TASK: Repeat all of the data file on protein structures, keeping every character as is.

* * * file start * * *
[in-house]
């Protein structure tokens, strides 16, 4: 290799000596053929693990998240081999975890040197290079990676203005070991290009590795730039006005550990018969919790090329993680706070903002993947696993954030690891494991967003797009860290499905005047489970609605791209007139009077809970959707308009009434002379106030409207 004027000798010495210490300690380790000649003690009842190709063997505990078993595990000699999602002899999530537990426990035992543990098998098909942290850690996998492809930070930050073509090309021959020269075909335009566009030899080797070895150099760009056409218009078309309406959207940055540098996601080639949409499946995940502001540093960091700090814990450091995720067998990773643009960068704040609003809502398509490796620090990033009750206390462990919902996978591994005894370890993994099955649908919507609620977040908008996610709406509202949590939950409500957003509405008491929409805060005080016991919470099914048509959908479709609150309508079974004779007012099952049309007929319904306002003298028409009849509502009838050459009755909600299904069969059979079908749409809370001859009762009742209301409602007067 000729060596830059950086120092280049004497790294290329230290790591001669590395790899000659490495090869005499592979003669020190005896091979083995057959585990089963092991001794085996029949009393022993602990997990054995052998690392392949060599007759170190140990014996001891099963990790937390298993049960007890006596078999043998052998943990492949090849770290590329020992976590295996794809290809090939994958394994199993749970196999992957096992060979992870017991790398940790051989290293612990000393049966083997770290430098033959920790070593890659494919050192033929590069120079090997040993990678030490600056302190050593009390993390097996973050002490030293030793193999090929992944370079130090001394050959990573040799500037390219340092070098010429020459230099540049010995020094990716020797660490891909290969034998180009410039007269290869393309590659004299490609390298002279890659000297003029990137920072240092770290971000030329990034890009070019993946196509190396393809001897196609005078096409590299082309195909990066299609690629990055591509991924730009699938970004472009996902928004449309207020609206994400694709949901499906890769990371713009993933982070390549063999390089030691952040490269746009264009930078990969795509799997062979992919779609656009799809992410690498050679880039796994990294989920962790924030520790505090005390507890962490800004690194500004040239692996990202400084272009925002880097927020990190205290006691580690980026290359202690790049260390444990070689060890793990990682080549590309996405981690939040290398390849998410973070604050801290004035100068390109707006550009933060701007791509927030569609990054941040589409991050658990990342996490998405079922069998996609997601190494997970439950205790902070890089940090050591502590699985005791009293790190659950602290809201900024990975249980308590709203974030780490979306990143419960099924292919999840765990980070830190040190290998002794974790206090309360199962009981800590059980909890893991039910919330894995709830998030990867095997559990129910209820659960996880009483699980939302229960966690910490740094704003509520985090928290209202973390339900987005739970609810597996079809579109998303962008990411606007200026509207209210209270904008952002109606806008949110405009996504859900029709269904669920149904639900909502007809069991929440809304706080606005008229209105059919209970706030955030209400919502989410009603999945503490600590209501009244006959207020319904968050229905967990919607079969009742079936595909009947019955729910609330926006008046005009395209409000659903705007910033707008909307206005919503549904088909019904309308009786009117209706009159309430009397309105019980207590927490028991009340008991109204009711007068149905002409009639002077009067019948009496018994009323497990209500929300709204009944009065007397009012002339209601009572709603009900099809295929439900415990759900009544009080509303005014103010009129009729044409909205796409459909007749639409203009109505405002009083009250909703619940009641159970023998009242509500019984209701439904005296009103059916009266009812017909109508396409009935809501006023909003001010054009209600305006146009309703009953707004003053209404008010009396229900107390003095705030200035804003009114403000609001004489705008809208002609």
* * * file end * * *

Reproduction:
[in-house]
């Protein structure tokens, strides 16, 4: 290799000596053929693990998240081999975890040197290079990676203005070991290009590795730039006005550990018969919790090329993680706070903002993947696993954030690891494991967003797009860290499905005047489970609605791209007139009077809970959707308009009434002379106030409207 004027000798010495210490300690380790000649003690009842190709063997505990078993595990000699999602002899999530537990426990035992543990098998098909942290850690996998492809930070930050073509090309021959020269075909335009566009030899080797070895150099760009056409218009078309309406959207940055540098996601080639949409499946995940502001540093960091700090814990450091995720067998990773643009960068704040609003809502398509490796620090990033009750206390462990919902996978591994005894370890993994099955649908919507609620977040908008996610709406509202949590939950409500957003509405008491929409805060005080016991919470099914048509959908479709609150309508079974004779007012099952049309007929319904306002003298028409009849509502009838050459009755909600299904069969059979079908749409809370001859009762009742209301409602007067 000729060596830059950086120092280049004497790294290329230290790591001669590395790899000659490495090869005499592979003669020190005896091979083995057959585990089963092991001794085996029949009393022993602990997990054995052998690392392949060599007759170190140990014996001891099963990790937390298993049960007890006596078999043998052998943990492949090849770290590329020992976590295996794809290809090939994958394994199993749970196999992957096992060979992870017991790398940790051989290293612990000393049966083997770290430098033959920790070593890659494919050192033929590069120079090997040993990678030490600056302190050593009390993390097996973050002490030293030793193999090929992944370079130090001394050959990573040799500037390219340092070098010429020459230099540049010995020094990716020797660490891909290969034998180009410039007269290869393309590659004299490609390298002279890659000297003029990137920072240092770290971000030329990034890009070019993946196509190396393809001897196609005078096409590299082309195909990066299609690629990055591509991924730009699938970004472009996902928004449309207020609206994400694709949901499906890769990371713009993933982070390549063999390089030691952040490269746009264009930078990969795509799997062979992919779609656009799809992410690498050679880039796994990294989920962790924030520790505090005390507890962490800004690194500004040239692996990202400084272009925002880097927020990190205290006691580690980026290359202690790049260390444990070689060890793990990682080549590309996405981690939040290398390849998410973070604050801290004035100068390109707006550009933060701007791509927030569609990054941040589409991050658990990342996490998405079922069998996609997601190494997970439950205790902070890089940090050591502590699985005791009293790190659950602290809201900024990975249980308590709203974030780490979306990143419960099924292919999840765990980070830190040190290998002794974790206090309360199962009981800590059980909890893991039910919330894995709830998030990867095997559990129910209820659960996880009483699980939302229960966690910490740094704003509520985090928290209202973390339900987005739970609810597996079809579109998303962008990411606007200026509207209210209270904008952002109606806008949110405009996504859900029709269904669920149904639900909502007809069991929440809304706080606005008229209105059919209970706030955030209400919502989410009603999945503490600590209501009244006959207020319904968050229905967990919607079969009742079936595909009947019955729910609330926006008046005009395209409000659903705007910033707008909307206005919503549904088909019904309308009786009117209706009159309430009397309105019980207590927490028991009340008991109204009711007068149905002409009639002077009067019948009496018994009323497990209500929300709204009944009065007397009012002339209601009572709603009900099809295929439900415990759900009544009080509303005014103010009129009729044409909205796409459909007749639409203009109505405002009083009250909703619940009641159970023998009242509500019984209701439904005296009103059916009266009812017909109508396409009935809501006023909003001010054009209600305006146009309703009953707004003053209404008010009396229900107390003095705030200035804003009114403000609001004489705008809208002609």